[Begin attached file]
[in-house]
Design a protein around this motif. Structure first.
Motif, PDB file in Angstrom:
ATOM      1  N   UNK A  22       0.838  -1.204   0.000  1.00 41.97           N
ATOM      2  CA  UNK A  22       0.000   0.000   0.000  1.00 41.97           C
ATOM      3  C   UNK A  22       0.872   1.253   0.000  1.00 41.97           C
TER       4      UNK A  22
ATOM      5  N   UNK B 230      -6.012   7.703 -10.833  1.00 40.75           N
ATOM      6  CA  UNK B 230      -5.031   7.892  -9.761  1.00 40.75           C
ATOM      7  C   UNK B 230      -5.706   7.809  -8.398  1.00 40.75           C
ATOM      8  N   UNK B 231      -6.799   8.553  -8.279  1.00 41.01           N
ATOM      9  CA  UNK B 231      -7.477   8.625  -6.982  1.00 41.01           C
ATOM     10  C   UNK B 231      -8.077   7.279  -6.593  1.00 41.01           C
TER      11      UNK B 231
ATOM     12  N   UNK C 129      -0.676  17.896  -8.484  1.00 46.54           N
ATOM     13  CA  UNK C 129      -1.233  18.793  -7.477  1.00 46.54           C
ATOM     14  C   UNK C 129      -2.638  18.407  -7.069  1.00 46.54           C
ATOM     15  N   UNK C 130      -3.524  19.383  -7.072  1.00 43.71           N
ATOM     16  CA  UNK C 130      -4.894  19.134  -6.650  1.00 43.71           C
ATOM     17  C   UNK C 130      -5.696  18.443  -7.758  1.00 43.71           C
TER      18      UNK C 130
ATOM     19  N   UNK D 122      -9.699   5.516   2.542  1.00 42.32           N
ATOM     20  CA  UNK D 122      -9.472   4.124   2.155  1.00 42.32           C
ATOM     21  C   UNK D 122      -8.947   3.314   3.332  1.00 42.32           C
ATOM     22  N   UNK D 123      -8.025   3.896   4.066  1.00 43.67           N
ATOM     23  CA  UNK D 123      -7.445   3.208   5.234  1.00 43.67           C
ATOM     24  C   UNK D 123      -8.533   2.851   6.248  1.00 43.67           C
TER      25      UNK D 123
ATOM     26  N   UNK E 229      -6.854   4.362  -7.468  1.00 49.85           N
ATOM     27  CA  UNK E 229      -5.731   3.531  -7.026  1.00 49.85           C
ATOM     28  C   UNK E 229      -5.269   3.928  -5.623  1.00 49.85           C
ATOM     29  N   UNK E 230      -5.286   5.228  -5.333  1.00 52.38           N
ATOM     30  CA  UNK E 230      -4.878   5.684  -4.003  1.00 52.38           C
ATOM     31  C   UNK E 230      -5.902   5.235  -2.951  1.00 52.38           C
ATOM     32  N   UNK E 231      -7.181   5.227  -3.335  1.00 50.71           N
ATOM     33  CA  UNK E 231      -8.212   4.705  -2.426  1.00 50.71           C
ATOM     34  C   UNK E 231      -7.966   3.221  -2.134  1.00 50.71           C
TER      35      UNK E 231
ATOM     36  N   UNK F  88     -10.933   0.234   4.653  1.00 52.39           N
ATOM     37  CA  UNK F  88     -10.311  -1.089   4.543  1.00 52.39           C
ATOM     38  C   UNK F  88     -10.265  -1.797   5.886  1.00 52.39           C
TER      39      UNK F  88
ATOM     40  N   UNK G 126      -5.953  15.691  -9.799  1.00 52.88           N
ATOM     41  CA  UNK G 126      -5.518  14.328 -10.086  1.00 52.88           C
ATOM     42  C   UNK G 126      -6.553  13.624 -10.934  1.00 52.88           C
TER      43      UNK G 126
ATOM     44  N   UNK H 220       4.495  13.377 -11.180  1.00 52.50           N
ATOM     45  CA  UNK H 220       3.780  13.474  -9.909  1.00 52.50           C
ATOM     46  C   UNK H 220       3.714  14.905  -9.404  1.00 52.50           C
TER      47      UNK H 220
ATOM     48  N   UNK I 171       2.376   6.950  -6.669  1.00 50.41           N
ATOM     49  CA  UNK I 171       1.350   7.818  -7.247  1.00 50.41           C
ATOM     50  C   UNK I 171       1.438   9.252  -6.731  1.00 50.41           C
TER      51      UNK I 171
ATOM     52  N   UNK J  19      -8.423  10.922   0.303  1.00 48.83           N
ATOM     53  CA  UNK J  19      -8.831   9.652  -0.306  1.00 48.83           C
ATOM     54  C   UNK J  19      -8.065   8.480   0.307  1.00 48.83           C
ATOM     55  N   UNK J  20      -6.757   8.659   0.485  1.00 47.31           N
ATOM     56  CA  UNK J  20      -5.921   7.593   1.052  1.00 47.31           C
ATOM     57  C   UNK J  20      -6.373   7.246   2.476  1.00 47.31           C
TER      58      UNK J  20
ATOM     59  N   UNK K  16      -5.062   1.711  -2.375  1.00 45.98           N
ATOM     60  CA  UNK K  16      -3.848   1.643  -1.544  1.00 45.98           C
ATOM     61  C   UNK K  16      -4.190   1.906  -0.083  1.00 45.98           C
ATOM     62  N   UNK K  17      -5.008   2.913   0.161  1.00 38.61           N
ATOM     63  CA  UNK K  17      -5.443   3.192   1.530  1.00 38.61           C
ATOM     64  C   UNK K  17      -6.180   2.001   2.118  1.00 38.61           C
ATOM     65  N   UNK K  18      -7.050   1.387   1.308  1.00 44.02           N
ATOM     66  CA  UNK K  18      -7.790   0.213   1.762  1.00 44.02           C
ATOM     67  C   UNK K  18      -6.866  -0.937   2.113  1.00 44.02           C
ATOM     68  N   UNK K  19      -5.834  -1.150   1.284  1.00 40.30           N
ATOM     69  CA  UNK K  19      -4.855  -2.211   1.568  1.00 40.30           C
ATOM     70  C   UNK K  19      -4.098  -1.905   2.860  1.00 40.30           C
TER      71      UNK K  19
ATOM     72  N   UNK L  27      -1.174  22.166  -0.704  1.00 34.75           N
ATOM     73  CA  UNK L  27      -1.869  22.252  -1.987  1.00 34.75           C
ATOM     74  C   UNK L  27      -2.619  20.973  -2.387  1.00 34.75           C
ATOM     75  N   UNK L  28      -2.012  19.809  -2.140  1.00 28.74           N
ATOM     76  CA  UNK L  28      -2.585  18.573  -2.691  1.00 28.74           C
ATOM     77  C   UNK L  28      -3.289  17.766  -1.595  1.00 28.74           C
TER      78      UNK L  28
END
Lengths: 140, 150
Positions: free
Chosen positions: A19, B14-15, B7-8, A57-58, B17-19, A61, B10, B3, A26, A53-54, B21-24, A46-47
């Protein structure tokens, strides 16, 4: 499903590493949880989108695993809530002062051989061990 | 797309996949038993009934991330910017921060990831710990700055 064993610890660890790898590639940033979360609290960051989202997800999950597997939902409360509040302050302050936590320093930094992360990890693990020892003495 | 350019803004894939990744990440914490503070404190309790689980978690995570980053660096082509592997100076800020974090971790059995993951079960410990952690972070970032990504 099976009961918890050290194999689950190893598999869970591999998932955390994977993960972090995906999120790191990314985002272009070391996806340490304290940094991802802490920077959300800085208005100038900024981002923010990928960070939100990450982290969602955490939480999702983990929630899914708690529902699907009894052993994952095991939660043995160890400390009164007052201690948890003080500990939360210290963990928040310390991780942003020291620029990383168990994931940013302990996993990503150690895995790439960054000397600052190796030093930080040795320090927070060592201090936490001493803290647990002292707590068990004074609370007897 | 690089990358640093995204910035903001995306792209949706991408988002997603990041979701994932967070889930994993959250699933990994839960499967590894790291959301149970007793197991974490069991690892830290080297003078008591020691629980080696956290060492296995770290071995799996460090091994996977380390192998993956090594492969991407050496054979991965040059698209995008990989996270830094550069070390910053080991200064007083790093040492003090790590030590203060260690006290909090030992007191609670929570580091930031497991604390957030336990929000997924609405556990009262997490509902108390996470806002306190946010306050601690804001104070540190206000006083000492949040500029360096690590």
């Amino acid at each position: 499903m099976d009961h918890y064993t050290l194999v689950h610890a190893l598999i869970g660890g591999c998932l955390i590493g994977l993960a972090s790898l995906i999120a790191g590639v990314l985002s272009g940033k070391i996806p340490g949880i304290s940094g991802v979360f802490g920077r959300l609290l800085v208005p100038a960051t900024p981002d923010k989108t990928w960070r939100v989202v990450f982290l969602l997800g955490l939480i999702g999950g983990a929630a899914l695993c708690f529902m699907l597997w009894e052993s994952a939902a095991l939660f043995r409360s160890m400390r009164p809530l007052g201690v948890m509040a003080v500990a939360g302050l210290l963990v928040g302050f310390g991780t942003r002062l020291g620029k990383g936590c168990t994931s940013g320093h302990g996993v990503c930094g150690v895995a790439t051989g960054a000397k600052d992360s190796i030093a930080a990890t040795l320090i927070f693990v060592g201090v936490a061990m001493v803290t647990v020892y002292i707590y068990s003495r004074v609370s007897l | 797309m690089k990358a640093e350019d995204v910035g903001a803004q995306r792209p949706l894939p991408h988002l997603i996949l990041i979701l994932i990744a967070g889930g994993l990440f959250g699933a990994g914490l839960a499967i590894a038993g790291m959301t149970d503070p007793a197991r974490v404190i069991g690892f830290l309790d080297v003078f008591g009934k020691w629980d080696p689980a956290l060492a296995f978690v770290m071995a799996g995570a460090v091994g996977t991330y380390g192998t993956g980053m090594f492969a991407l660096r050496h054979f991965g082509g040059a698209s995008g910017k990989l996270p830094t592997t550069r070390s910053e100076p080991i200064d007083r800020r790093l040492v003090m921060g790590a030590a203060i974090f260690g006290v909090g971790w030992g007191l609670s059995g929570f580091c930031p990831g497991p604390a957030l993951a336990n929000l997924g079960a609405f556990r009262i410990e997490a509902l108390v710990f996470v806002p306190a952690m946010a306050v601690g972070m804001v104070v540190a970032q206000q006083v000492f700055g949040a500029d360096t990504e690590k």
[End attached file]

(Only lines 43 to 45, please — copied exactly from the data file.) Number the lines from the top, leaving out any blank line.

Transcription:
ATOM     40  N   UNK G 126      -5.953  15.691  -9.799  1.00 52.88           N
ATOM     41  CA  UNK G 126      -5.518  14.328 -10.086  1.00 52.88           C
ATOM     42  C   UNK G 126      -6.553  13.624 -10.934  1.00 52.88           C